Has this book project changed the way you approach your work?
It’s changed many aspects of the way I work, specifically the way I organize and categorize my work. I work in a much more organized and orderly way now. Perhaps the biggest task my studio has undertaken has been working on the research for this book. It’s a wonderful thing to have done, on so many levels, the least of which is a philosophical level. When this book is done I feel like I’ll be starting a new career.

The next phase
Kind of, yeah! In reality I will be continuing, but it’s safe to say that I’ve taken this project more seriously—and so has TASCHEN—than just about any design monograph out there. I’ve never seen another design book that is this comprehensive! Most are cursory by comparison. This really includes everything I’ve ever done—warts and all—even stuff from the early days of my career that are a little bit embarrassing. But I hope for other people it’s informative. And from my point of view it’s a great opportunity to set the records straight. I don’t think people generally have a clear understanding of the way that designers in general work, or me in particular, which I think is not typical. It feels helpful for me to know that there is now a document that can explain all of that. I simply couldn’t have done it any other way. For me, in terms of the content of the book, both images and text, I can’t imagine how it could be any better.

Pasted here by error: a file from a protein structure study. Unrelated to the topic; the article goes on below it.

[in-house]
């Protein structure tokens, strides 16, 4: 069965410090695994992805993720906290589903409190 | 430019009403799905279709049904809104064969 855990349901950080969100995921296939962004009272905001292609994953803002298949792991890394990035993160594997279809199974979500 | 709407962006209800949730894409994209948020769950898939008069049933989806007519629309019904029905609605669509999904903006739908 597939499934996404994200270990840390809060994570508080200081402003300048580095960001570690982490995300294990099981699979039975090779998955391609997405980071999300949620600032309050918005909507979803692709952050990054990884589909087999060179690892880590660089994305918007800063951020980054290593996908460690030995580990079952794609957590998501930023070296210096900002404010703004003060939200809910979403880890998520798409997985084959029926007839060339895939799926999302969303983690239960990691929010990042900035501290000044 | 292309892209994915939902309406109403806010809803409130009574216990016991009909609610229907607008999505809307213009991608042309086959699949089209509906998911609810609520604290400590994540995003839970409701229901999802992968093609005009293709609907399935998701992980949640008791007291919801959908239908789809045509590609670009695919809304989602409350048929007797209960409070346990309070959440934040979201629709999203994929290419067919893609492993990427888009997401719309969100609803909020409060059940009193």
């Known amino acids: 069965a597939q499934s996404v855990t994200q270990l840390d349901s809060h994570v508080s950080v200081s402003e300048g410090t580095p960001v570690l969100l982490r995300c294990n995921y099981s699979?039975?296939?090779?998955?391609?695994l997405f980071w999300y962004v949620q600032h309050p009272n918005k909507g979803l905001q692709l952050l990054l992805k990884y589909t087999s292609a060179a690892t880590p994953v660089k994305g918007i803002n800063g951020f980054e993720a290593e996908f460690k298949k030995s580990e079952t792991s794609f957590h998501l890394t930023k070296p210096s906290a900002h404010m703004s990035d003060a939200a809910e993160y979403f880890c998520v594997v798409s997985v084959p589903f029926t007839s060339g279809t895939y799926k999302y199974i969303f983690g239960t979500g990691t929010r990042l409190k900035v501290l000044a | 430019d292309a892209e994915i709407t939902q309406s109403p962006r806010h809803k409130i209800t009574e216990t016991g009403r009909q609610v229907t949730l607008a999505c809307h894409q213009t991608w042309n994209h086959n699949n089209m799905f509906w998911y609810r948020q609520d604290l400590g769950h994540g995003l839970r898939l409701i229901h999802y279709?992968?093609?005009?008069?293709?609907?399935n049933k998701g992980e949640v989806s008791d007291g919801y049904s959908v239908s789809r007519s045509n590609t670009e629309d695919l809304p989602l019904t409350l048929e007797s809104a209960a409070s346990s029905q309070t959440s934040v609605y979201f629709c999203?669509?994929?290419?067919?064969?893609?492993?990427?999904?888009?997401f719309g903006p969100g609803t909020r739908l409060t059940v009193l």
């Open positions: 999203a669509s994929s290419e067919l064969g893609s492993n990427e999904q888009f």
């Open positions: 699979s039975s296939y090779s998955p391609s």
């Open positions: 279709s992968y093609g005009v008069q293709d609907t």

Let’s talk about the choices you made regarding the Art Edition.
I chose Micarta for the case because it’s a material I’ve worked with extensively since about 2006. It’s a material that I love because it embodies a lot of the qualities in the particular materials. It’s very warm; it was developed a hundred years ago and was very advanced at the time, but now has certain anachronistic qualities, and its perception of value is high. It’s an obscure material but I think it’s very “me,” it feels valuable to me, and I think people may even begin to associate it with me. It can be worked in the appropriate way, so that makes it feasible to use for the case of the book.

And the leather marquetry on the cover?
I wanted to utilize a craft that was nearly forgotten in the industry. I didn’t want to do a hyper-modern, cutting-edge design solution that many people might have expected from me. I wanted to use the opportunity to do something that was slightly unexpected, and to go back to my roots as a craftsperson. Again, marquetry is an anachronistic craft, and one that you wouldn’t have the opportunity to use unless you were doing an edition like this with TASCHEN—I can’t think of another excuse that would allow me to do marquetry! It’s wonderful to work on projects when nobody questions why you want to do it. Usually in my line of business, I’m constantly being questioned and second-guessed; it’s the nature of my job. But with TASCHEN, it’s like “OK, that’s what you want, we will do everything we can to make it work.”